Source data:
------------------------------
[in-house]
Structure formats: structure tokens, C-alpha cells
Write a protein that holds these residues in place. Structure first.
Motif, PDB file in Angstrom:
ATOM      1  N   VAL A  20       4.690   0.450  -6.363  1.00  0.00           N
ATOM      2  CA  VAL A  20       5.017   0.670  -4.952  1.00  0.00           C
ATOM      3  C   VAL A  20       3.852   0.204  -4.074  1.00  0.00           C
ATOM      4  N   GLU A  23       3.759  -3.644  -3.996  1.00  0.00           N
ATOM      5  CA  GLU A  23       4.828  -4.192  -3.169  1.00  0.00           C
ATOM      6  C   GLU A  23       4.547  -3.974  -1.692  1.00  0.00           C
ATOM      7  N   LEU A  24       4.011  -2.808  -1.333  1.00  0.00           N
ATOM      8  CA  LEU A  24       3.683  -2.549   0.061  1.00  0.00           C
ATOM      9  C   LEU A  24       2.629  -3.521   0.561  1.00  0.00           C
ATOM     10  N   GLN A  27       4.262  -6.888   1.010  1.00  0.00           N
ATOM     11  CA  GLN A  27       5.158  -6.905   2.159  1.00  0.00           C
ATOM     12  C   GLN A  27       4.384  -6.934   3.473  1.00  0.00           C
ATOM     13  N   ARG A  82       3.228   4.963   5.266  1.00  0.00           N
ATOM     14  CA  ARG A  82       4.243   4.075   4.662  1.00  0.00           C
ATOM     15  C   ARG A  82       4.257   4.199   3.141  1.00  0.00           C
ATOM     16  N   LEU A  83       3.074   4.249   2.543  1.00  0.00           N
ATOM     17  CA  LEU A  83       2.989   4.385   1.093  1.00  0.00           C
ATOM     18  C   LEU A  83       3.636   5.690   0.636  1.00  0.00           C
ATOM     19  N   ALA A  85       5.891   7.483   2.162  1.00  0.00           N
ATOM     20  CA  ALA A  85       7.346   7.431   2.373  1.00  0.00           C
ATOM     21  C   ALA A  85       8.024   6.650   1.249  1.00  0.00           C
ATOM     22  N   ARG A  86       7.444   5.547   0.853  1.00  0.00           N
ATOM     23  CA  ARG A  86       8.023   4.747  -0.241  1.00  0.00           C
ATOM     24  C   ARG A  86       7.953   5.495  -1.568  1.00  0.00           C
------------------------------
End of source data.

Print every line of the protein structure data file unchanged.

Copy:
[in-house]
Structure formats: structure tokens, C-alpha cells
Write a protein that holds these residues in place. Structure first.
Motif, PDB file in Angstrom:
ATOM      1  N   VAL A  20       4.690   0.450  -6.363  1.00  0.00           N
ATOM      2  CA  VAL A  20       5.017   0.670  -4.952  1.00  0.00           C
ATOM      3  C   VAL A  20       3.852   0.204  -4.074  1.00  0.00           C
ATOM      4  N   GLU A  23       3.759  -3.644  -3.996  1.00  0.00           N
ATOM      5  CA  GLU A  23       4.828  -4.192  -3.169  1.00  0.00           C
ATOM      6  C   GLU A  23       4.547  -3.974  -1.692  1.00  0.00           C
ATOM      7  N   LEU A  24       4.011  -2.808  -1.333  1.00  0.00           N
ATOM      8  CA  LEU A  24       3.683  -2.549   0.061  1.00  0.00           C
ATOM      9  C   LEU A  24       2.629  -3.521   0.561  1.00  0.00           C
ATOM     10  N   GLN A  27       4.262  -6.888   1.010  1.00  0.00           N
ATOM     11  CA  GLN A  27       5.158  -6.905   2.159  1.00  0.00           C
ATOM     12  C   GLN A  27       4.384  -6.934   3.473  1.00  0.00           C
ATOM     13  N   ARG A  82       3.228   4.963   5.266  1.00  0.00           N
ATOM     14  CA  ARG A  82       4.243   4.075   4.662  1.00  0.00           C
ATOM     15  C   ARG A  82       4.257   4.199   3.141  1.00  0.00           C
ATOM     16  N   LEU A  83       3.074   4.249   2.543  1.00  0.00           N
ATOM     17  CA  LEU A  83       2.989   4.385   1.093  1.00  0.00           C
ATOM     18  C   LEU A  83       3.636   5.690   0.636  1.00  0.00           C
ATOM     19  N   ALA A  85       5.891   7.483   2.162  1.00  0.00           N
ATOM     20  CA  ALA A  85       7.346   7.431   2.373  1.00  0.00           C
ATOM     21  C   ALA A  85       8.024   6.650   1.249  1.00  0.00           C
ATOM     22  N   ARG A  86       7.444   5.547   0.853  1.00  0.00           N
ATOM     23  CA  ARG A  86       8.023   4.747  -0.241  1.00  0.00           C
ATOM     24  C   ARG A  86       7.953   5.495  -1.568  1.00  0.00           C